Adams saw Dr. Tollison in 2001 for hypersensitivity in his left foot. Adams’s condition improved; however, Dr. Tollison again noted that Adams likely would require subtalar joint fusion. Adams did not visit Dr. Tollison again until October 2006.
In July 2006, Employer assigned Adams to work part-time installing overhead lighting fixtures at a distribution center. On October 17, 2006, Adams returned to Dr. Tollison with increased pain and lack of mobility in his left ankle. Dr. Tollison diagnosed Adams as having left, post-traumatic hind foot arthritis; left, sural nerve neuralgia; traumatic arthropathy involving ankle and foot; and mononeuritis of the lower limb. Adams returned to work with additional permanent restrictions and a letter from Dr. Tollison that stated: “If employer has no work available according to these restrictions, it is up to the employer to release [Adams] from work.” On October 26, 2006, Employer terminated Adams’s employment, stating “no permanent light duty work [was] available.”
On October 20, 2007, Adams filed a Form 50 contending he had sustained an accidental injury on October 26, 2006 due to “repetitive walking and standing on unlevel/hard surfaces.” CNA denied that Adams’s condition was caused by “a new accident”; asserted that compensability of any injury arising out of the March 1999 accident was barred; and stated CNA was not Employer’s workers’ compensation carrier on the date of Adams’s alleged injury. Adams subsequently added Zurich, Employer’s workers’ compensation carrier from December 13, 2005 to December 13, 2006, as a defendant.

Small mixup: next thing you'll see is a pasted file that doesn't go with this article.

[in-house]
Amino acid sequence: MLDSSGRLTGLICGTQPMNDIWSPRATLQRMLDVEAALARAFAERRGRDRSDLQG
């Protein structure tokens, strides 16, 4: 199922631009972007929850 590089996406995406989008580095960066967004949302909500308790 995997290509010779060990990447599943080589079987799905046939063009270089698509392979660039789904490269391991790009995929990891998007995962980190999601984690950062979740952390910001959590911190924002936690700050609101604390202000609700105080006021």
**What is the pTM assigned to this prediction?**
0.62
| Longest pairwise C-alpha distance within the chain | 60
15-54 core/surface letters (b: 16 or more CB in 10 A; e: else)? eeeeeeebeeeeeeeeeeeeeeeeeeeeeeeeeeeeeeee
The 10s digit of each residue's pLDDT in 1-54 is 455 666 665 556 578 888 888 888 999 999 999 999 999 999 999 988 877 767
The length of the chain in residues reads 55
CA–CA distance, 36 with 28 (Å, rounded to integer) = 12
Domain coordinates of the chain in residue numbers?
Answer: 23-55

The single commissioner conducted a hearing on May 7, 2008. Following the hearing, the commissioner left the record open for Dr. Tollison’s deposition. On June 16, 2008, the single commissioner ruled that Adams had sustained “a compensable injury, whether it is considered repetitive trauma culminating in the last injurious exposure on October 26, 2006[,] or whether this is considered a[n] October 26, 2006 on-the-job accident.” The commissioner dismissed CNA and found Zurich liable to Adams for benefits related to the October 26, 2006 injury, including fusion surgery and temporary, total disability benefits following surgery.
After Zurich requested review of the single commissioner’s decision, it became evident that the reporter’s equipment had malfunctioned and portions of the hearing were inaudible. Adams asked the Commission to remand the case to the single commissioner “to retake such testimony as may be necessary to replicate the record.” Thereafter, the Commission ordered: “[T]his matter is remanded to Commissioner Williams for rehearing.”